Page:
The increases in temperature extremes Australia faces this century due to global climate change will not be quite as large as some have feared, according to a new study by UNSW researchers published in Geophysical Research Letters.
The team compared the climate models used by the Intergovernmental Panel on Climate Change (IPCC) and tested their accuracy against actual climate observations to select the strongest and weakest ones.
The researchers looked specifically at rare extreme events - those that occur on average once each 20 years - because heatwave conditions can dramatically affect biological, physical or human systems and are of most concern for planners and policy makers.
They found that the best-performing climate models simulated smaller rises in the temperature extremes compared with the models that performed poorly.
The study's authors caution that this is not good news: the increases in the extreme temperatures predicted by the strongest models are still extremely high and would generate heat waves much worse than the recent one that hit south-eastern Australia, they say.
The least accurate models were found to bias the average of all IPCC models towards higher temperature increases of about 3 to 5 degrees Celsius over most of the continent by the end of the century. When those weak models were removed from the average, the predicted increase was 2 to 3 C (although in some regions the increase could be smaller or greater).
Recent heatwaves - such as the recent ones in Adelaide or Melbourne - have been "phenomenally hot", notes one of the authors of the study, Professor Andy Pitman, co-director of the UNSW Climate Change Research Centre.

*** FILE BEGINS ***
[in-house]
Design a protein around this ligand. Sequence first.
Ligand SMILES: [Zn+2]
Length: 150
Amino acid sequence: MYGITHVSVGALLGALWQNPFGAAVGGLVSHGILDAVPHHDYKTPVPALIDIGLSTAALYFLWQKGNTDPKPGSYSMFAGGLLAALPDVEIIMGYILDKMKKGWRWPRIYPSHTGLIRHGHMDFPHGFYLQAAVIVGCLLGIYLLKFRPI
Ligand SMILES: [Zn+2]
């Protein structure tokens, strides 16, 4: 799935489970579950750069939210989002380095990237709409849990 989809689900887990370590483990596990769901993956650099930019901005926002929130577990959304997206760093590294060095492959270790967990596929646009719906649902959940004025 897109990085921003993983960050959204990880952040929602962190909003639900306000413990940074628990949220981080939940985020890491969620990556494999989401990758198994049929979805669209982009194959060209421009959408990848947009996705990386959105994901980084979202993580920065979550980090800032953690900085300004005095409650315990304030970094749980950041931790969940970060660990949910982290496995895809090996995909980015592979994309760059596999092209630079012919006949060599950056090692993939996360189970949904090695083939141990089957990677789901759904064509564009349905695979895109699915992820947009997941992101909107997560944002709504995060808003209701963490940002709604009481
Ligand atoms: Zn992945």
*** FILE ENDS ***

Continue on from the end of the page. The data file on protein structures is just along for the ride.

Professor Pitman points out that Melbourne's record maximum temperature reached 46.4 C during the heatwave and power systems failed and trains were stopped by warped rails. At Hopetoun Airport in Victoria, a new record maximum temperature for the State was recorded on 7 February at 48.8 C.
"Even with our revised projections, adding two or three degrees to 47 C days is not a prospect I think anyone would like to experience," he says. "The lower figures are not as bad as 3 to 5 C, but they're still very bad and emphasise the need to aggressively cut greenhouse gases on a global scale.
"While we have not determined if this result is common to other continents, our results were similar over temperate, sub-tropical and tropical regions so we think its likely that our results can likely be extrapolated elsewhere."
The study was authored by Sarah Perkins, Professor Pitman - both of the UNSW Climate Change Research Centre- and Dr Scott Sisson, UNSW School of Mathematics and Statistics.
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